•   Article   •   4 mins

Let Go of Letting People Go: A Business Case for Labour Hoarding

I’d like to think we can agree on this: People are the most valuable asset of any business. People are responsible for the knowledge, skills, and innovation that create economic well being. This is the promise of human capital.

Yet 49% of companies in the United States that responded to a recent survey were considering layoffs. More than a third said they were in a hiring freeze.

Make no mistake, the health and financial hardships brought on by the ongoing COVID-19 global pandemic are devastating. We’re on unprecedented economic terrain.

Still, any business that can do so should make every effort to retain its workforce.

Keeping employees is more than a good-faith move. It’s a move that could pay off in a big way financially.

Layoffs Are Not the Answer

If your company’s short-, medium-, and long-term goals are to survive, recover, and grow, respectively, then diminishing your capacity to deliver because of a sudden, temporary demand shock may simply delay your downfall. 

There’s a better response. It’s labour hoarding, and it might just turn out to be the master stroke of companies thinking seriously about getting back to their pre-crisis performance levels quickly. This includes a few, extra fortunate organisations that will slingshot right through the recession.

In every one of these success stories, workforce mobility — the ability for people to learn new skills and pivot to new responsibilities and roles within an organisation — will likely play a major role.

"I've been a leader during three recessions and I've never heard a management team talk about how the choices they make during a downturn will affect performance during the recovery. But in 2008 and 2009, I kept reiterating that point: There will be a recovery, and we need to prepare for it." - David Cote, Ex-CEO, Honeywell

The Cost of Recruitment is High

The argument in favour of labour hoarding is this: Retaining workers, whenever and wherever possible, saves precious time, knowledge, and money essential for economic recovery. This is true at individual companies and across the global economy. David Cote, ex-CEO at Honeywell,  made the argument for a more thoughtful approach to decision-making. “I’ve been a leader during three recessions, and I’ve never heard a management team talk about how the choices they make during a downturn will affect performance during the recovery. But in 2008 and 2009, I kept reiterating that point: There will be a recovery, and we need to be prepared for it.”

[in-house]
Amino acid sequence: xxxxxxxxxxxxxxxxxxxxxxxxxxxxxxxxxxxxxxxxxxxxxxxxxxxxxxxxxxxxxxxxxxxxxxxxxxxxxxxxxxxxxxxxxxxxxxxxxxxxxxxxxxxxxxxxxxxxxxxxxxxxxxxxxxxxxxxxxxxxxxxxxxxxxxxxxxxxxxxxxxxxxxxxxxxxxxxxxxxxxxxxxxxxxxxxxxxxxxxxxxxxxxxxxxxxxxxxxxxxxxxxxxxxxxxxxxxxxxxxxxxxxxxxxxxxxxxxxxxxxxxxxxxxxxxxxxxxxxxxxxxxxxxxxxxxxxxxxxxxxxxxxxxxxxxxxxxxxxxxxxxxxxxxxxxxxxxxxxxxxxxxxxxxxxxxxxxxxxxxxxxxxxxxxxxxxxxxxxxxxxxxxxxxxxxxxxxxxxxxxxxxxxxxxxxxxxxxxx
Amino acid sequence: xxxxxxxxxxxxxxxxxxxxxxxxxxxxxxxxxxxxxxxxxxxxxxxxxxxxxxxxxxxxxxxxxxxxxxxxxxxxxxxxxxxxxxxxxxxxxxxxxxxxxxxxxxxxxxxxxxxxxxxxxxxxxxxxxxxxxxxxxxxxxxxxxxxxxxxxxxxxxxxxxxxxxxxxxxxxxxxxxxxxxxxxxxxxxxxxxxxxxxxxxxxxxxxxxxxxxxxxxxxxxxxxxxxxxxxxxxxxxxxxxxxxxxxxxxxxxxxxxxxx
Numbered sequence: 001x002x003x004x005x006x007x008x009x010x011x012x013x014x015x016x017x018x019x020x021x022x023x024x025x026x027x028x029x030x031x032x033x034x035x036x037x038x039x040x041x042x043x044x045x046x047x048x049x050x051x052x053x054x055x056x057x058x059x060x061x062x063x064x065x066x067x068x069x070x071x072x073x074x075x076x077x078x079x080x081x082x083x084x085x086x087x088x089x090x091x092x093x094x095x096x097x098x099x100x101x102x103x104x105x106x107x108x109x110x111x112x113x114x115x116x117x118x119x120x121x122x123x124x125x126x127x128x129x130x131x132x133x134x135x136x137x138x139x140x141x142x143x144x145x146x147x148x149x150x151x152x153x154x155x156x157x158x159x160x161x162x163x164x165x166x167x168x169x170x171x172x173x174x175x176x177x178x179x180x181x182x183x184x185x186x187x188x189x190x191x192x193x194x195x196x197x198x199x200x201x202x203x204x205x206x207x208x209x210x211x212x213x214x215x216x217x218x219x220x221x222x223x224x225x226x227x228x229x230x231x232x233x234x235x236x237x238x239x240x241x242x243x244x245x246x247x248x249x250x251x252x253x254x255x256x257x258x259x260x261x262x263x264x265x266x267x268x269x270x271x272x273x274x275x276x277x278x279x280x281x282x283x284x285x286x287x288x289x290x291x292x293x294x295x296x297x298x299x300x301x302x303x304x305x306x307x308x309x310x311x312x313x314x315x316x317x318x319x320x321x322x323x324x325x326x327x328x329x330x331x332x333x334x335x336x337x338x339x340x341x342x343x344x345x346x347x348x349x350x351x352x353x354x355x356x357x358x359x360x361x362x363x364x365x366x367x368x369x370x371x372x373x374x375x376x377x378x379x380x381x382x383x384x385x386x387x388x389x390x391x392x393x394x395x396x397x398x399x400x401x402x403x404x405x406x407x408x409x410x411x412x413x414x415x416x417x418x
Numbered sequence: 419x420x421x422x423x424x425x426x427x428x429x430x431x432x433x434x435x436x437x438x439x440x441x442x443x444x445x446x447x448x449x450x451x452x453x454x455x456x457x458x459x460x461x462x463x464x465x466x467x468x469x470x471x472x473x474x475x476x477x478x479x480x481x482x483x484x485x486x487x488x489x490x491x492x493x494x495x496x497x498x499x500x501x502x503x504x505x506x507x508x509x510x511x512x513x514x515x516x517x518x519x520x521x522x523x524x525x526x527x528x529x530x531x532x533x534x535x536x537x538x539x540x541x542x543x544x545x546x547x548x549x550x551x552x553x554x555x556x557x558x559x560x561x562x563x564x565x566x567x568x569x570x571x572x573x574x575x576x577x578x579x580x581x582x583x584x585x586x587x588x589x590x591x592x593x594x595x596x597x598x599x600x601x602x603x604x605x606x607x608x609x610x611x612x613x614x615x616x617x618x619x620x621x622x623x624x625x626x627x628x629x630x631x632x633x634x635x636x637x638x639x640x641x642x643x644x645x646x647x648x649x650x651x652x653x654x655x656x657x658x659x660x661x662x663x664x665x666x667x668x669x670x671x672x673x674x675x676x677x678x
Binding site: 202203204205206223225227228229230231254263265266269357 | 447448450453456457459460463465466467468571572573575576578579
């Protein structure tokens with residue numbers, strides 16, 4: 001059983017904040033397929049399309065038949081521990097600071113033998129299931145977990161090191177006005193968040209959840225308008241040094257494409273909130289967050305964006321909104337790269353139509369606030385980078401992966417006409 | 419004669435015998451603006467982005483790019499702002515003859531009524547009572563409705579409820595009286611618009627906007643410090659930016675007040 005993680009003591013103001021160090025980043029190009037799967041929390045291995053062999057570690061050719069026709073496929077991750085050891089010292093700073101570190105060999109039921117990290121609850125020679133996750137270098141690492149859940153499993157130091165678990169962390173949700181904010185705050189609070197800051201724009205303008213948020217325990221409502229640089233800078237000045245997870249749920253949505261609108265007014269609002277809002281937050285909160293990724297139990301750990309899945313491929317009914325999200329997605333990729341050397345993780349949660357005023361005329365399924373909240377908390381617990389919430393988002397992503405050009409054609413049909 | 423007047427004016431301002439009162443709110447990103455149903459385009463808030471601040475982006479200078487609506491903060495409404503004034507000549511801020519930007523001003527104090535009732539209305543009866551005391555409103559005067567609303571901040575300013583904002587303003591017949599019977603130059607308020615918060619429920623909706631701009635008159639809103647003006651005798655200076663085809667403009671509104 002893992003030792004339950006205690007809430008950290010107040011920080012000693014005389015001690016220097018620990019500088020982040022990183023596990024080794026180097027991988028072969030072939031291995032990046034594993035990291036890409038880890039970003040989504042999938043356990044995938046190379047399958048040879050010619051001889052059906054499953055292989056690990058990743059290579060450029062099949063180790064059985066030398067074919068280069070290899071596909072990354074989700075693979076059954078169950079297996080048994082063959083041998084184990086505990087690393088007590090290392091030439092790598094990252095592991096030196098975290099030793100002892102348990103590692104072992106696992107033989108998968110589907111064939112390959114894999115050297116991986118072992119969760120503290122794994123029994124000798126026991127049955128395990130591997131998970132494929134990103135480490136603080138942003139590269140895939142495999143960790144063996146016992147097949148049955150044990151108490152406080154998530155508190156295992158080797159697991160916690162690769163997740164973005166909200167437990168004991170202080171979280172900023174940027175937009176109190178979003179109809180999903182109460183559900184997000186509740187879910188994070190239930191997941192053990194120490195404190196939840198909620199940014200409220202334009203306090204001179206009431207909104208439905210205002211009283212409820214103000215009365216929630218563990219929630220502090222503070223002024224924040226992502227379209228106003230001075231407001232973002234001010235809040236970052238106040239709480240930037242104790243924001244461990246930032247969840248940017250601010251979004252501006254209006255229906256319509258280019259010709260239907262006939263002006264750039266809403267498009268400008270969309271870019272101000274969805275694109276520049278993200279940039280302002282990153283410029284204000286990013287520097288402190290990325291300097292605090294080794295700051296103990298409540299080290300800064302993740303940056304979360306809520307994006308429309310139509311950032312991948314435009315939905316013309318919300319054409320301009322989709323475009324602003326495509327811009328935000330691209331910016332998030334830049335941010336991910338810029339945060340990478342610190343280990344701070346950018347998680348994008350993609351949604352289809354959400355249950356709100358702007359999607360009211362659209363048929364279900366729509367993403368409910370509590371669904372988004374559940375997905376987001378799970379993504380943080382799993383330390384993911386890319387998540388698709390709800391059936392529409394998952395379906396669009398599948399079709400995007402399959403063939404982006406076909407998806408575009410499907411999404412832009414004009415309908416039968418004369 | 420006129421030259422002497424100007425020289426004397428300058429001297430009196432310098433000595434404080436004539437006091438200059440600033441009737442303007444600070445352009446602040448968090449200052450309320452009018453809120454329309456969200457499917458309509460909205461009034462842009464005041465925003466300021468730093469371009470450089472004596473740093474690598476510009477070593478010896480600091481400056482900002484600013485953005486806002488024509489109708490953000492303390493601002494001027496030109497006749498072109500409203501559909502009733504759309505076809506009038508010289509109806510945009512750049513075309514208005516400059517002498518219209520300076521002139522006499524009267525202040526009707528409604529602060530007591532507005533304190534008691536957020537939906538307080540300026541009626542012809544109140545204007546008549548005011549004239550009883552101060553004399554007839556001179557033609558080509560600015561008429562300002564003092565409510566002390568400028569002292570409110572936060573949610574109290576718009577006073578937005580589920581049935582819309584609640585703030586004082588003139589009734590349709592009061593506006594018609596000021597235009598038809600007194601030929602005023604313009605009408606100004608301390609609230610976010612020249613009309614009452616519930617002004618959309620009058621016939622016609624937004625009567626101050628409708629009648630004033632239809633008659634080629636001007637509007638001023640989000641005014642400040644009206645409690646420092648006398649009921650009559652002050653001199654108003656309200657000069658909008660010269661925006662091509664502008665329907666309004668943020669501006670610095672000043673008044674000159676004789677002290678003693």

Staffing considerations are a huge part of that preparation.

Voluntary employee turnover costs a company roughly 33% of that employee’s annual salary, according to the Work Institute.

Indeed, studies show that the total cost of losing an employee can range from tens of thousands of dollars to one-and-a-half to two times that person’s annual salary, according to talent industry analyst Josh Bersin. He notes that the total cost includes: hiring a new person (advertising, interviewing, screening, hiring), onboarding a new person (training, management time), and lost productivity (a new person may take one to two years to reach the productivity of an existing person). 

Let’s break this down further. We can estimate the cost of re-hiring 1,000 employees who make the average U.S. income of  $48,672 per year is about $16 million (48,672 X 1,000 X 33%). This doesn’t factor in economies of scale, which would have an effect, of course. Still, when viewed somewhat hypothetically like this in a lump sum, there’s no denying the money could be better spent elsewhere. 

Time-to-hire and, more importantly, time-to-productivity are major factors in workforce planning.

In most cases, the skills required for a project are only identified with the initiation of that project. And although it varies widely by industry, the average time-to-hire is 20 to 40 days, meaning many initiatives are playing catch up from day one. When timelines fall out of a hiring manager’s control — for example, when he or she is responding to a crisis — delivering results on time becomes nearly impossible.

Labour Hoarding Makes Sense

Instead of spending a third of a worker’s salary on hiring a replacement, retain that worker. If you can’t put that employee to work like you used to, provide four months paid upskilling time or reskill and deploy the employee to a different part of your business.

In other words, use downtime to gear up. Implement an upskilling strategy that will keep your business competitive and agile. When the recovery comes, thanks in part to your forward-thinking actions, your organisation will emerge with momentum. Your balance sheet will thank you.

The upside to labour hoarding is immense — if you’re willing to be bold and get a bit creative. Download our guide, 7 Steps for Upskilling Your Workforce, to learn more about upskilling and retaining your people.

Download our guide to upskilling

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